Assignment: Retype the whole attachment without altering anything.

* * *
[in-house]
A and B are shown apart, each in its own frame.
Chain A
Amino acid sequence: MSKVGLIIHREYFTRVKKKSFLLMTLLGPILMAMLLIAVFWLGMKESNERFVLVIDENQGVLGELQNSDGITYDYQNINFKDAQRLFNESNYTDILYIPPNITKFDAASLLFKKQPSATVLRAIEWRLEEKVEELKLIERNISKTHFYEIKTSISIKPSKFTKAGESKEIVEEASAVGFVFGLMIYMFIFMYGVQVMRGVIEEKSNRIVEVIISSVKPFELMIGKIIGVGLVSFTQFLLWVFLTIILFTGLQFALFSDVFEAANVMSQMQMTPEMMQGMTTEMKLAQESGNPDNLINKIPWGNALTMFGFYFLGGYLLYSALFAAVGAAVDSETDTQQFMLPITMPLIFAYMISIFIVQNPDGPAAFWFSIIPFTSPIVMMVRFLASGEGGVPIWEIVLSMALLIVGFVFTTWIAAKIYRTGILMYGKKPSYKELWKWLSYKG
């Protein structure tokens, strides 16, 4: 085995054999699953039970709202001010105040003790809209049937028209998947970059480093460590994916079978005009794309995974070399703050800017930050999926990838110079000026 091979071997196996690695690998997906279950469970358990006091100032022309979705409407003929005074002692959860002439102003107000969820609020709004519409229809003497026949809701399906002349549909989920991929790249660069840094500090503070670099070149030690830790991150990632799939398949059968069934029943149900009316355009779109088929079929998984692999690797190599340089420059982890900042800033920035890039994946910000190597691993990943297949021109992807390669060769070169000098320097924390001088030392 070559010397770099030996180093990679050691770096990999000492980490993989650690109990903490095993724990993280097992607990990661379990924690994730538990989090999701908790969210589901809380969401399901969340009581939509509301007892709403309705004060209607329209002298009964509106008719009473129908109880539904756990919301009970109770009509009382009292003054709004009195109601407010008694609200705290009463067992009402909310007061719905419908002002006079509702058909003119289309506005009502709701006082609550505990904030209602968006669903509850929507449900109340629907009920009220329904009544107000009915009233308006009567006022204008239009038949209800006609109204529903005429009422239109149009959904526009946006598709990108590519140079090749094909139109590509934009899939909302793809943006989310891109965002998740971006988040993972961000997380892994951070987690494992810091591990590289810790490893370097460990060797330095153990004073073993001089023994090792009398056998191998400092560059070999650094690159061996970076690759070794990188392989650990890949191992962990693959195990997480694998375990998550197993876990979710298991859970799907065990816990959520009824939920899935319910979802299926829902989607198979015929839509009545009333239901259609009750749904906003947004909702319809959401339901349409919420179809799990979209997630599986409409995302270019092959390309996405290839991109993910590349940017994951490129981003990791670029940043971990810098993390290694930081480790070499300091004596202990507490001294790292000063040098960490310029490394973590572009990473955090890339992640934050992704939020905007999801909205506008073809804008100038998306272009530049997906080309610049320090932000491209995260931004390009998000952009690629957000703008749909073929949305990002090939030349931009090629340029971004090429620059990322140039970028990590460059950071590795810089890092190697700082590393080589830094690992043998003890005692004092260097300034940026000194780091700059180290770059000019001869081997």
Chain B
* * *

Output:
[in-house]
A and B are shown apart, each in its own frame.
Chain A
Amino acid sequence: MSKVGLIIHREYFTRVKKKSFLLMTLLGPILMAMLLIAVFWLGMKESNERFVLVIDENQGVLGELQNSDGITYDYQNINFKDAQRLFNESNYTDILYIPPNITKFDAASLLFKKQPSATVLRAIEWRLEEKVEELKLIERNISKTHFYEIKTSISIKPSKFTKAGESKEIVEEASAVGFVFGLMIYMFIFMYGVQVMRGVIEEKSNRIVEVIISSVKPFELMIGKIIGVGLVSFTQFLLWVFLTIILFTGLQFALFSDVFEAANVMSQMQMTPEMMQGMTTEMKLAQESGNPDNLINKIPWGNALTMFGFYFLGGYLLYSALFAAVGAAVDSETDTQQFMLPITMPLIFAYMISIFIVQNPDGPAAFWFSIIPFTSPIVMMVRFLASGEGGVPIWEIVLSMALLIVGFVFTTWIAAKIYRTGILMYGKKPSYKELWKWLSYKG
């Protein structure tokens, strides 16, 4: 085995054999699953039970709202001010105040003790809209049937028209998947970059480093460590994916079978005009794309995974070399703050800017930050999926990838110079000026 091979071997196996690695690998997906279950469970358990006091100032022309979705409407003929005074002692959860002439102003107000969820609020709004519409229809003497026949809701399906002349549909989920991929790249660069840094500090503070670099070149030690830790991150990632799939398949059968069934029943149900009316355009779109088929079929998984692999690797190599340089420059982890900042800033920035890039994946910000190597691993990943297949021109992807390669060769070169000098320097924390001088030392 070559010397770099030996180093990679050691770096990999000492980490993989650690109990903490095993724990993280097992607990990661379990924690994730538990989090999701908790969210589901809380969401399901969340009581939509509301007892709403309705004060209607329209002298009964509106008719009473129908109880539904756990919301009970109770009509009382009292003054709004009195109601407010008694609200705290009463067992009402909310007061719905419908002002006079509702058909003119289309506005009502709701006082609550505990904030209602968006669903509850929507449900109340629907009920009220329904009544107000009915009233308006009567006022204008239009038949209800006609109204529903005429009422239109149009959904526009946006598709990108590519140079090749094909139109590509934009899939909302793809943006989310891109965002998740971006988040993972961000997380892994951070987690494992810091591990590289810790490893370097460990060797330095153990004073073993001089023994090792009398056998191998400092560059070999650094690159061996970076690759070794990188392989650990890949191992962990693959195990997480694998375990998550197993876990979710298991859970799907065990816990959520009824939920899935319910979802299926829902989607198979015929839509009545009333239901259609009750749904906003947004909702319809959401339901349409919420179809799990979209997630599986409409995302270019092959390309996405290839991109993910590349940017994951490129981003990791670029940043971990810098993390290694930081480790070499300091004596202990507490001294790292000063040098960490310029490394973590572009990473955090890339992640934050992704939020905007999801909205506008073809804008100038998306272009530049997906080309610049320090932000491209995260931004390009998000952009690629957000703008749909073929949305990002090939030349931009090629340029971004090429620059990322140039970028990590460059950071590795810089890092190697700082590393080589830094690992043998003890005692004092260097300034940026000194780091700059180290770059000019001869081997």
Chain B